Public Housing Searches Ignore the Constitution

IN 1760, the British government began a crackdown on illegal imports by American colonists. British customs officers, without judicial warrants or probable cause, searched homes and businesses looking for trade violations. A group of Boston merchants retained the lawyer James Otis to oppose this policy. In words that inspired revolutionary fervor, Otis declared that British search policy ``places the liberty of every man in the hands of every petty officer.''

Today, in response to a perceived increase in crime and violence, the Clinton administration has proposed police practices reminiscent of 18th-century British search tactics.

Responding to the pleas of residents of a crime-plagued Chicago housing project, the administration announced its support for warrantless searches of public housing apartments, frisking of suspicious persons, and the installation of metal detectors in the lobbies of buildings.

While the administration's proposals may please those calling for more ``law and order,'' the options developed by the Clinton plan are inconsistent with the constitutional principles James Otis helped inspire.

The airwaves are jammed with the sound of politicians calling for more programs to get tough on criminals. Thugs and hoodlums are depriving innocent persons of their rights to safe housing, schools, and neighborhoods. Regarding warrantless sweeps of public housing projects, Housing and Urban Development Secretary Henry Cisneros dismissed the objections of civil liberties lawyers, whose ``abstract analysis of people's rights,'' he said, is ``swamped in real life by people's rights being denied.''

The secretary's treatment of the Constitution leaves a lot to be desired. The Fourth Amendment guarantees everybody the right to be free from unreasonable searches and seizures by the government. It is a ``made in America'' freedom - a product of our battle against British law enforcement methods.

Unfortunately, the Fourth Amendment never has been popular, particularly during tough times. During the Prohibition era, the federal government routinely conducted illegal wiretaps to catch suspected bootleggers. In the 1960s and 1970s, state and federal officials continued this unlawful practice against alleged dissidents and political enemies.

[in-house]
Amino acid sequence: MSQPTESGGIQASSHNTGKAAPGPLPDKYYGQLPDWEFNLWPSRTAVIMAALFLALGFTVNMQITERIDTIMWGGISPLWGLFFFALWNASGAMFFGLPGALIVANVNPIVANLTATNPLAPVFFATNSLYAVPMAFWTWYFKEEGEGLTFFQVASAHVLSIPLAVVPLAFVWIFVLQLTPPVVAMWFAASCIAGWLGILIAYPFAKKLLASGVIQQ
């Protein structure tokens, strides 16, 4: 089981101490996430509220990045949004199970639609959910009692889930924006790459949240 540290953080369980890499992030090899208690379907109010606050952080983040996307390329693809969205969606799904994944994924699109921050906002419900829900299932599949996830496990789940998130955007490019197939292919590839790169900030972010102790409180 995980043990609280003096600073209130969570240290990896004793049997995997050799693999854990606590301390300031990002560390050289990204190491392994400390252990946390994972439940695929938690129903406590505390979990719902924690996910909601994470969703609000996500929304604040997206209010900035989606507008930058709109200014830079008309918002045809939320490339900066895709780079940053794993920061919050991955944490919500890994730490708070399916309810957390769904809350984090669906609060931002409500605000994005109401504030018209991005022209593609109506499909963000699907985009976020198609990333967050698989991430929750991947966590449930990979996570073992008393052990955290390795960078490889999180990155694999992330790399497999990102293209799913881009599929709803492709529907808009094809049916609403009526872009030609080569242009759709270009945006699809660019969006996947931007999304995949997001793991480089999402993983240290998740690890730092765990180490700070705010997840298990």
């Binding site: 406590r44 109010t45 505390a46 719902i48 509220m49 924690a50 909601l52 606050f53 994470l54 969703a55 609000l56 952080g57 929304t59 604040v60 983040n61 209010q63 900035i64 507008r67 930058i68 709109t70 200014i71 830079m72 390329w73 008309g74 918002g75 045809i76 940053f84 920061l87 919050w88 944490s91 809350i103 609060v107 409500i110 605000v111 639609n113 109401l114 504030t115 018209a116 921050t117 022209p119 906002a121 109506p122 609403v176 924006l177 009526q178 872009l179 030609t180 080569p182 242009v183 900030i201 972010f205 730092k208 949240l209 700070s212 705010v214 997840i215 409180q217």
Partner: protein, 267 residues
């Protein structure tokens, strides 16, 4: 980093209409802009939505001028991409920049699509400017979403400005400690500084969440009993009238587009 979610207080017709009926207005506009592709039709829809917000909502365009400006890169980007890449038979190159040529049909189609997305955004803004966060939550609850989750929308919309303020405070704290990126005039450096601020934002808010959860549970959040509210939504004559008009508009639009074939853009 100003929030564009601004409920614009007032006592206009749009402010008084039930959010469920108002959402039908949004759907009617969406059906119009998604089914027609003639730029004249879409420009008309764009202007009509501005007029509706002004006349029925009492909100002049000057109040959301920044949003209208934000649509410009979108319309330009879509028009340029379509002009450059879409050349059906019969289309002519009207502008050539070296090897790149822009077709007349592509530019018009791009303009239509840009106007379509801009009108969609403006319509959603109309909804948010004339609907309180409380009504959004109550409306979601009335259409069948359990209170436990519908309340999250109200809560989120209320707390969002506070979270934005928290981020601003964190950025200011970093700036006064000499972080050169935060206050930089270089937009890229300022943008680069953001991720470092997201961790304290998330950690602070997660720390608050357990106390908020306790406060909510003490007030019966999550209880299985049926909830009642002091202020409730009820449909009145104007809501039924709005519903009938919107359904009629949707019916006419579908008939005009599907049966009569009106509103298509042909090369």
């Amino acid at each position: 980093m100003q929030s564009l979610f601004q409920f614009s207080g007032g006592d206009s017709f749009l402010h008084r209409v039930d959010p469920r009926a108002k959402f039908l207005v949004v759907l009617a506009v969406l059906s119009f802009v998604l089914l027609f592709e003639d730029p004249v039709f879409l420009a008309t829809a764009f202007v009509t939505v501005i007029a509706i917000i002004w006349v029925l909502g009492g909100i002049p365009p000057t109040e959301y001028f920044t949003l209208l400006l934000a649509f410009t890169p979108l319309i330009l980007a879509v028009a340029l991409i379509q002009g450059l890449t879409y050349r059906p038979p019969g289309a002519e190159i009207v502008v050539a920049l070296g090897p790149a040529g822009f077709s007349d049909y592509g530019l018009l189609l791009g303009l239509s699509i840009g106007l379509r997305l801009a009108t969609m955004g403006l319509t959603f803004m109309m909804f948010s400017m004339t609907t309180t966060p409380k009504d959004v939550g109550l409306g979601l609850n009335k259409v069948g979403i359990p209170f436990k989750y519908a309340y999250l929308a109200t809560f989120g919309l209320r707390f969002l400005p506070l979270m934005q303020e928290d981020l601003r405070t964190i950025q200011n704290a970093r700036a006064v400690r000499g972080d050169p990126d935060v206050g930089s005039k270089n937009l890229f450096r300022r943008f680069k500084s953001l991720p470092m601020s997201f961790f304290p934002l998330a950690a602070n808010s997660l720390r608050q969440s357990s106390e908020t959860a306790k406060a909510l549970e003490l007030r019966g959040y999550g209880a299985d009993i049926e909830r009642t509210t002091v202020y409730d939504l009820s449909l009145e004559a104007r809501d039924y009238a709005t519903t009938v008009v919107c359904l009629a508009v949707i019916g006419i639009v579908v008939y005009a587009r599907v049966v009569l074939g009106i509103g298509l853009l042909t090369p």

The ``war on drugs'' involves officers going onto buses and trains and demanding to see the identification and tickets of passengers. The Supreme Court has said that police officers - acting without a warrant or any evidence of criminality - do not violate our privacy when they confiscate and search our garbage. News programs regularly show police officers, using sledgehammers and accompanied by menacing dogs, raiding the homes of persons suspected of selling narcotics.

Looking for illegal drugs, a Boston police SWAT team using a no-knock warrant burst into the apartment of a 75-year-old minister, chased the minister through his home, and broke down a bedroom door to grab him. While being handcuffed, the minister died of what was later diagnosed as a heart attack. The police subsequently discovered they had raided the wrong apartment.

President Clinton now wants better security measures at the nation's public housing projects. Tenants will be encouraged to sign ``consent clauses'' that allow police to conduct unannounced searches of their apartments. Questioned at a press briefing, the acting associate attorney general conceded that consent clauses could ``in some circumstances'' be a mandatory condition of a tenant's lease. Housing officials have also been encouraged to conduct warrantless sweeps in the case of an ``emergency.'' These measures, the public is assured, do no violence to Fourth Amendment freedoms.

Perhaps, to make it truly voluntary, tenants should be informed of their right to reject such ``consent clauses'' and to revoke consent that has been given previously. This is their right under the Constitution. On this point, however, the Clinton proposals are noncommittal. People with limited choices about where to live should not be presented with ``take it or leave'' leases that require the sacrifice of rights that the rest of us enjoy.

Administration officials say that tenant support for warrantless searches and mandatory consent clauses are relevant criteria for deciding the legality of these measures. But these officials know that Fourth Amendment rights are personal; they cannot be waived by majority rule. If 99 percent of the tenants of a housing project favor police sweeps, they are free to open their doors anytime they wish. Their desires, no matter how reasonable, should not control the Fourth Amendment rights of those who want to protect their privacy.

Now, administration officials favor immediate sweeps in emergency conditions, but leave it up to local authorities to define when emergency conditions exist. This sort of verbal back-and-forth will not satisfy constitutional norms. A warrantless search is permissible in an emergency, but the search must be directed at a specific target and supported by concrete evidence. Dragnet sweeps that encompass searching every apartment in a building do not meet these standards.

Requiring police officers to obtain warrants undoubtedly delays the process of searching. To some, this may seem too high a price to pay, but it is the price of liberty.

James Otis recognized as much when he observed: ``A man's house is his castle; and while he is quiet, he is as well guarded as a prince in his castle.'' The Opinion/Essay Page welcomes manuscripts. Authors of articles we accept will be notified by telephone. Authors of articles not accepted will be notified by postcard. Send manuscripts by mail to Opinions/Essays, One Norway Street, Boston, MA 02115, by fax to 617 -450-2317, or by Internet E-mail to OPED@RACHEL.CSPS.COM.

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